Abu Amsha, leader of the Suleyman Shah division, was exiled outside of Afrin for two years, according to al-Souria Net.
The arbitration committee charged with investigating the violations of the Suleyman Shah Division issued a decision banning its leader, Muhammad al-Jassem, nicknamed Abu Amsha, for a period of two Hijri years.
The committee said in a statement issued Tuesday that it decided to exile Abu Amsha and two of his cousins outside the Olive Branch operations area, for two Hijri years Hijri. This development comes after he was convicted of corruption.
The decision also fined the Suleyman Shah Division $5,000 to Abdul Rahman Astif Yassin in compensation for his appeal.
The tripartite committee charged with investigating the faction’s violations issued a decision last week to remove Abu Amsha from all tasks assigned to him, not to take up any post later. This comes “because of the proven claims, to spare the region the possibility of fighting, blood-shedding, and sedition” and to extend the isolation to leaders of the faction.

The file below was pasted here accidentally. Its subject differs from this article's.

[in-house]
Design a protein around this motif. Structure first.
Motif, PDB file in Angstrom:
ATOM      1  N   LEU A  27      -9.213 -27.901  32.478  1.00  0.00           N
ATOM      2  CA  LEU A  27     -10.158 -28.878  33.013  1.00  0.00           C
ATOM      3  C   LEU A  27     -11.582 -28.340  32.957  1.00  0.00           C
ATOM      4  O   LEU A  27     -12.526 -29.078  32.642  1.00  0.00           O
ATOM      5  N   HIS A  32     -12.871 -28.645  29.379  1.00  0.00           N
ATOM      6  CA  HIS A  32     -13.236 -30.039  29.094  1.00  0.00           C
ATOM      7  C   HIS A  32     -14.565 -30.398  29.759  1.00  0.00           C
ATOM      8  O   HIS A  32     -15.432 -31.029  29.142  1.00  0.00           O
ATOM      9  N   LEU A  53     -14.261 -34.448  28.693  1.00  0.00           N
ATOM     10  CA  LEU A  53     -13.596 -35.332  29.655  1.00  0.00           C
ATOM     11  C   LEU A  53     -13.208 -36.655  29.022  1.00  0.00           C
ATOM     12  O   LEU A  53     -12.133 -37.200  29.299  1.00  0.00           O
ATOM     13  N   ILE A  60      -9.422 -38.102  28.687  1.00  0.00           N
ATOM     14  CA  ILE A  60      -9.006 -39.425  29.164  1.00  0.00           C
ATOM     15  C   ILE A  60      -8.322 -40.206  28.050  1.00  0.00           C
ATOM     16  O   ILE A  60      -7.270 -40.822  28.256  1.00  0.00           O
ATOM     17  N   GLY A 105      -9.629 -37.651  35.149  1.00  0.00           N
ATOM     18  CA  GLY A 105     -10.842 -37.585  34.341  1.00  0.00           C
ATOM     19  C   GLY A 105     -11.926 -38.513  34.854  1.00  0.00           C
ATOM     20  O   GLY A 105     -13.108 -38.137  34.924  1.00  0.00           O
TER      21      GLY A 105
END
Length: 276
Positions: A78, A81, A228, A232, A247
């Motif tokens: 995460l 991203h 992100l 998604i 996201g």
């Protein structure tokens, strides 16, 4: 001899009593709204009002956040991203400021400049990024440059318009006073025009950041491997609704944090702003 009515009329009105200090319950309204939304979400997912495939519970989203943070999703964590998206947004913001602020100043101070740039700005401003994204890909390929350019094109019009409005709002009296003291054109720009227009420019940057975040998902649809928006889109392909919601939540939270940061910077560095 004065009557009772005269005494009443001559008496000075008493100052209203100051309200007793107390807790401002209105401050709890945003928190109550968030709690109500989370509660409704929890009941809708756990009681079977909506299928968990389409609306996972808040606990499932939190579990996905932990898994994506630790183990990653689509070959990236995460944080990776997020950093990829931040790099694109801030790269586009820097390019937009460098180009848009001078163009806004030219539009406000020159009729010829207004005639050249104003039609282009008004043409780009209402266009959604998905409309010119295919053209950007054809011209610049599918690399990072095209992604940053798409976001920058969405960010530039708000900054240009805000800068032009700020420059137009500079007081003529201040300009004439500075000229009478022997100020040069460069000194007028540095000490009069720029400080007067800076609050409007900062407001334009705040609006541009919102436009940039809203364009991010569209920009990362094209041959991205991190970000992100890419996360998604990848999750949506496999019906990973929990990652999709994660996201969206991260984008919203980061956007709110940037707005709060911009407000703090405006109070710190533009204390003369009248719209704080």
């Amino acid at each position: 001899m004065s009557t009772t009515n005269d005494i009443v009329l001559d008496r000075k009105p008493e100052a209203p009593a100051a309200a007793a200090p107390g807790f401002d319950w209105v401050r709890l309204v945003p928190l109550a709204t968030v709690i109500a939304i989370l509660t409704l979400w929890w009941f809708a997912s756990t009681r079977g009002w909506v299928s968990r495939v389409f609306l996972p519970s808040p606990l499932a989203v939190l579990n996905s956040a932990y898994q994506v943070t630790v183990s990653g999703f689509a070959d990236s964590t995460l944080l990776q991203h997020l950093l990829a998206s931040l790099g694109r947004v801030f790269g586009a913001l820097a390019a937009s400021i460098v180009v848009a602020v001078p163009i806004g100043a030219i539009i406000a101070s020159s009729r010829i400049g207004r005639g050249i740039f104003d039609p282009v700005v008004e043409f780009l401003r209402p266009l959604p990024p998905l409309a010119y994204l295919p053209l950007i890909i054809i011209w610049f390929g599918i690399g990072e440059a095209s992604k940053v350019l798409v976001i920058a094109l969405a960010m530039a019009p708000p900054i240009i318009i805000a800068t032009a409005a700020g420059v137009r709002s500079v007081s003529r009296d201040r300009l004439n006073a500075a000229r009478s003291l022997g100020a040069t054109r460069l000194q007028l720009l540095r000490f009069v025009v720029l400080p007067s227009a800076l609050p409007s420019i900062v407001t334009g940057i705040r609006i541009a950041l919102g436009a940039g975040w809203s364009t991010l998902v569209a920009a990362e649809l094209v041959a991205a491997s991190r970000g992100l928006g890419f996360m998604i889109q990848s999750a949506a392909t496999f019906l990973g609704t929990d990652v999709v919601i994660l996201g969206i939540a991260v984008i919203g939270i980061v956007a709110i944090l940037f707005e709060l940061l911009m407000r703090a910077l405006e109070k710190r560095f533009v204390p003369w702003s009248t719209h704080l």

The decision came two months after the Committee followed and listened to testimonies in the Sheikh Hadid district of Afrin countryside.
The committee also questioned Abu Amsha, despite obstacles to its work and threats from faction leaders during the past period, it said in a statement.
The committee comprises three members of the Syrian Islamic Council, Abdul Alim Abdullah, Ahmed al-Alwan, and Muwaffaq al-Omar.
The Suleyman Shah (al-Amshat) Division is led by Mohammed al-Jassem, alias Abu Amsha, and his headquarters and influence are concentrated in the Afrin countryside, northwest of Aleppo.
The faction, which did not have the same current name when it was a small battalion operating in Hama countryside led by Abu Amsha, witnessed several movements between FSA factions, but the most prominent appearance of the faction was after the Turkish military operation Olive Branch in Afrin in 2018.
The faction faces several charges of violations in the areas where it operates in Afrin, including collecting royalties and olive oil from farmers, sharing their crops, seizing land, and so on.